Animals: Restrict contact with pets and other animals while you are sick with COVID-19, just like you would around other people. Avoid petting, snuggling, being kissed or licked, and sharing food with pets. When possible, have another member of your household care for your animals while you are sick. If you must care for your pet or be around animals while you are sick, wash your hands before and after you interact with them and wear a face mask.
Notify contacts of your illness if you test positive:
Because people infected with COVID can spread the illness before they develop symptoms, you need to make a list of all people you've been in contact with from 48 hours prior to your first symptom through until you started home isolation.
Contact the people on this list and inform them of your COVID19 diagnosis or potential diagnosis if you have symptoms but are not tested.
Inform all of your contacts that they need to quarantine themselves in their homes for 14 days from the last point of contact. They may leave their homes only to get medical care.
If any of your contacts are an essential worker, they should contact their employer about their return to work policy. If their employer does not have a policy, they may follow the CDC guidelines for exposed essential workers: https://www.cdc.gov/coronavirus/2019-ncov/community/critical-workers/implementing-safety-practices.html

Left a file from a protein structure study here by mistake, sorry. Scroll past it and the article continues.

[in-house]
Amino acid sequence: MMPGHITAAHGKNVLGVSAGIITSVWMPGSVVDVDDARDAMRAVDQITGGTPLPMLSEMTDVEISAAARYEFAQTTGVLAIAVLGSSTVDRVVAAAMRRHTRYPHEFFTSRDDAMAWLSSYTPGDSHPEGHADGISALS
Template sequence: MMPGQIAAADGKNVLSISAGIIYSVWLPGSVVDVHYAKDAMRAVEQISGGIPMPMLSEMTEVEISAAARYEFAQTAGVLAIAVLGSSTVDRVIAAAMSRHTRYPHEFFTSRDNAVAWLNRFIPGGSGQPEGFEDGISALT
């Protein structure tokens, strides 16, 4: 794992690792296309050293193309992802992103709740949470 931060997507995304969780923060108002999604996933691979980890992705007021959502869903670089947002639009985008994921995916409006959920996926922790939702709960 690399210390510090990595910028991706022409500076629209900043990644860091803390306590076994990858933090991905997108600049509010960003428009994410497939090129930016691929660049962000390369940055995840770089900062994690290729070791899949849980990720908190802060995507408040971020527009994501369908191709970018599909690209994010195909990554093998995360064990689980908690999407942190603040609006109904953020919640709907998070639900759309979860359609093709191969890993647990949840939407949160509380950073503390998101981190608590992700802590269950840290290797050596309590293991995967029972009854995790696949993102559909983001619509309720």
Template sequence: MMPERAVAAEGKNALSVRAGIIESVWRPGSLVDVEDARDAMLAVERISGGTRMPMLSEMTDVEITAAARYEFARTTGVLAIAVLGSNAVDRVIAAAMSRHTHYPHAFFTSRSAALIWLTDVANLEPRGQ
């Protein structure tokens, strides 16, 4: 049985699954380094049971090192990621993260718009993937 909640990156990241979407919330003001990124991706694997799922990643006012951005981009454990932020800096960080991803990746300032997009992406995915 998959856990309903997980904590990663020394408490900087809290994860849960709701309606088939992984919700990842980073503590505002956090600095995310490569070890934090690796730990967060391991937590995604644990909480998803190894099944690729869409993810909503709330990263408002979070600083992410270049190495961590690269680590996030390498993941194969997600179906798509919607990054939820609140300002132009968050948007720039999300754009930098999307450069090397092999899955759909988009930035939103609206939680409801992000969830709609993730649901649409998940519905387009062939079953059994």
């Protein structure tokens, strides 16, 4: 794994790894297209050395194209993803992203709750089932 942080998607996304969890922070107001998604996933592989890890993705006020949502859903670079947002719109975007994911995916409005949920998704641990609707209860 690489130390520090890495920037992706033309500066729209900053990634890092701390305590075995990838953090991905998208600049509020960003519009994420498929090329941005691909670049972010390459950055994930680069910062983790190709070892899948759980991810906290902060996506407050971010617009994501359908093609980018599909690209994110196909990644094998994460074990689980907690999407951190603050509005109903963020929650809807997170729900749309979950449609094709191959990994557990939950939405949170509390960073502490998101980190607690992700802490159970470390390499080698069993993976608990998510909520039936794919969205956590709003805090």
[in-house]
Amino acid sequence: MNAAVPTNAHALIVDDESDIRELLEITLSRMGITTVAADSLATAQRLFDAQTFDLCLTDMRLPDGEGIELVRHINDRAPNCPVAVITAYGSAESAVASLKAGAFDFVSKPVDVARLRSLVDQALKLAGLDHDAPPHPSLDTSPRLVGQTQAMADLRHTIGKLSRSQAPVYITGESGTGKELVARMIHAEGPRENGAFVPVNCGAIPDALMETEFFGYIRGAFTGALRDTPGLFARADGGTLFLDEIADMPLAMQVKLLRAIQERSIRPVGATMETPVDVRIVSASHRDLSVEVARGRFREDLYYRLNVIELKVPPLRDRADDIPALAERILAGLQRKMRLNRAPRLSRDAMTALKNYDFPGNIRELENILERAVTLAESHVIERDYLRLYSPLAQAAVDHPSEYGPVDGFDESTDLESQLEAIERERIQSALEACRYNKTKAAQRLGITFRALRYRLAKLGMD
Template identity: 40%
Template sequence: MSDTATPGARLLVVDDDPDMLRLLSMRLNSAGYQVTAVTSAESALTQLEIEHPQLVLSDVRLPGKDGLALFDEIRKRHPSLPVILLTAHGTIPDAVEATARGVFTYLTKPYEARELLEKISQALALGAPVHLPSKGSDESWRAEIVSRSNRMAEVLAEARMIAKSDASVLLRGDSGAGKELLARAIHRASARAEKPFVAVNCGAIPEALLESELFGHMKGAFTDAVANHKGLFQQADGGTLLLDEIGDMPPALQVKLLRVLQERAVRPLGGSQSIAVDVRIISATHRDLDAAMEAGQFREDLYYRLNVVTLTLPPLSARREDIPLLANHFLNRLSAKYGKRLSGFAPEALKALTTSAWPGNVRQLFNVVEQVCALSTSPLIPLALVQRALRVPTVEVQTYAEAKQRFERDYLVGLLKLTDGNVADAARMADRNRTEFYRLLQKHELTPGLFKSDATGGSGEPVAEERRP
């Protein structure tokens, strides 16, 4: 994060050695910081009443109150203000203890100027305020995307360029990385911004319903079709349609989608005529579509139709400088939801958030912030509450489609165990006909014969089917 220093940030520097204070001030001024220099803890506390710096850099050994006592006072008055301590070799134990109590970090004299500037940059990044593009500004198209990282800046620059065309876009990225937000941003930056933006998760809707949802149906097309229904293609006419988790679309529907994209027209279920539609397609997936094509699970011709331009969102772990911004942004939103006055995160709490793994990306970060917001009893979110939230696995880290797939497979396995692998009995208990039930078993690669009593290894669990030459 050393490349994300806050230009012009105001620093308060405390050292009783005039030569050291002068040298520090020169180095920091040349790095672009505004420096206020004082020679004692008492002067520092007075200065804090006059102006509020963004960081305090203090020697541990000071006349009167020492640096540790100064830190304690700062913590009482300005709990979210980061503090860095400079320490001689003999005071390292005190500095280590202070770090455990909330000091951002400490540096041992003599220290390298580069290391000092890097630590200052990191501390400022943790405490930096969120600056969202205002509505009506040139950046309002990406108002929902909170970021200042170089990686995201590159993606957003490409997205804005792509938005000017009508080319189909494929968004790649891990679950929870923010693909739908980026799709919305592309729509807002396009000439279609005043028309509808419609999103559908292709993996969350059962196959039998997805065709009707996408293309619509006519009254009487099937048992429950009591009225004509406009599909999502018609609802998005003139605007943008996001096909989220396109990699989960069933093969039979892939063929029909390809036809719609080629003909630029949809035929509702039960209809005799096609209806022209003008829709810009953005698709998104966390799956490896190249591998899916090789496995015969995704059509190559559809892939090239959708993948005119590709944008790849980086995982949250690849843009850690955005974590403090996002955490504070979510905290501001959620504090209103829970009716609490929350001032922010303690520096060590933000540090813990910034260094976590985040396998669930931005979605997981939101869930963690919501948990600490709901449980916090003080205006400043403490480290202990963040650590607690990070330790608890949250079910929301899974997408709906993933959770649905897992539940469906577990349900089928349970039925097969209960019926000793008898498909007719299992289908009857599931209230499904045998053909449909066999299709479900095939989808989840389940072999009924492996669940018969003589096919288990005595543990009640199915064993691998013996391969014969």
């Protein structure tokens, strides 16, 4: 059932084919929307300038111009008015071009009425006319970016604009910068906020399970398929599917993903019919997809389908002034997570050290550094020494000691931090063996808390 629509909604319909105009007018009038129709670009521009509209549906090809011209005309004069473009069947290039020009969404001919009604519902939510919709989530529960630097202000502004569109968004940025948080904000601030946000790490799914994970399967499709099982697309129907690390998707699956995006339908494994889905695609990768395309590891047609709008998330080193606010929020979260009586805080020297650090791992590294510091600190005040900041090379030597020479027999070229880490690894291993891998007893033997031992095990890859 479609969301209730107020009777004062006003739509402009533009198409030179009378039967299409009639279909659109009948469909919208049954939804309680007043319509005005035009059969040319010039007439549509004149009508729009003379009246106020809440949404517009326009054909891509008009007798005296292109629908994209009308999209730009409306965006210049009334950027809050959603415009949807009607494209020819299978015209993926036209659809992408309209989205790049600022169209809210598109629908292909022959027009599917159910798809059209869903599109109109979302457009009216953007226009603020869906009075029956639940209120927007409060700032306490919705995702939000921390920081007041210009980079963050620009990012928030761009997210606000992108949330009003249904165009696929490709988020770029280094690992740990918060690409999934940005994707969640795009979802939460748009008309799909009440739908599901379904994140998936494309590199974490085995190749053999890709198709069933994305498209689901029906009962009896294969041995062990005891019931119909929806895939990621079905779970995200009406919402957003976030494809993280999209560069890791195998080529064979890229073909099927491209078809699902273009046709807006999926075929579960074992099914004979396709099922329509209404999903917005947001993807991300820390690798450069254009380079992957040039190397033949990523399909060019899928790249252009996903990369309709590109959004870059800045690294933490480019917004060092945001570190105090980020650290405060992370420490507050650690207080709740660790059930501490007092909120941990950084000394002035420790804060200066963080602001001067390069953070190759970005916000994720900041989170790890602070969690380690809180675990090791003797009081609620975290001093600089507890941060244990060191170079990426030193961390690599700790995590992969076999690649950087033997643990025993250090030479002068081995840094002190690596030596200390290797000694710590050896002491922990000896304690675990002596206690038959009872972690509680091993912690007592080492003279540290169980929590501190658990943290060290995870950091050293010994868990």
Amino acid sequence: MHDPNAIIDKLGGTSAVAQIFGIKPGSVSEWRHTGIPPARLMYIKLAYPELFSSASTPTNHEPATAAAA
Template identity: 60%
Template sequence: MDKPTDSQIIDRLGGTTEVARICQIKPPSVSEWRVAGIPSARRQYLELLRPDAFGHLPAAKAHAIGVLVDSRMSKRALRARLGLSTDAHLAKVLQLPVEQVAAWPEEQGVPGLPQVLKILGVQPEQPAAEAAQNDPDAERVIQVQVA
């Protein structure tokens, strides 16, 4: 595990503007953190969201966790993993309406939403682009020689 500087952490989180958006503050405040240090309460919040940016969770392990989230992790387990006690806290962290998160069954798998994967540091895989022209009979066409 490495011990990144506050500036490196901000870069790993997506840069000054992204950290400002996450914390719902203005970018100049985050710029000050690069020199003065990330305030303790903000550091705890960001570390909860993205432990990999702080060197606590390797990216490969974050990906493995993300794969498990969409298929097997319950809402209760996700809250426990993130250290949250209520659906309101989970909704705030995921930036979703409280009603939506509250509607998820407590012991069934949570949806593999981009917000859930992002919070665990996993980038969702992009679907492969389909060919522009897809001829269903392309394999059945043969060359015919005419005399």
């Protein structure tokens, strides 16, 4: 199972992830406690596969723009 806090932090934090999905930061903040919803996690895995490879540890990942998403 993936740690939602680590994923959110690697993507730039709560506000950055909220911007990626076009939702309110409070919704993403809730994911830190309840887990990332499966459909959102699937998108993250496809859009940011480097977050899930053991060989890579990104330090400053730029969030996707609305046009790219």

Wear a Face Mask
You should wear a facemask when you are around other people (e.g., sharing a room or vehicle) or pets and before you enter a health care provider's office. If you are unable to wear a facemask (for example, because it causes trouble breathing), then people who live with you should not stay in the same room with you, or they should wear a facemask if they enter your room.
Cover Your Coughs and Sneezes
Cover your mouth and nose with a tissue when you cough or sneeze. Throw used tissues in a lined trash can; immediately wash your hands with soap and water for at least 20 seconds or clean your hands with an alcohol-based hand sanitizer that contains 60 to 95% alcohol, covering all surfaces of your hands and rubbing them together until they feel dry. Soap and water should be used preferentially if hands are visibly dirty.
Clean Your Hands Often
Wash your hands often with soap and water for at least 20 seconds or clean your hands with an alcohol-based hand sanitizer that contains 60 to 95% alcohol, covering all surfaces of your hands and rubbing them together until they feel dry. Soap and water should be used preferentially if hands are visibly dirty. Avoid touching your eyes, nose, and mouth with unwashed hands.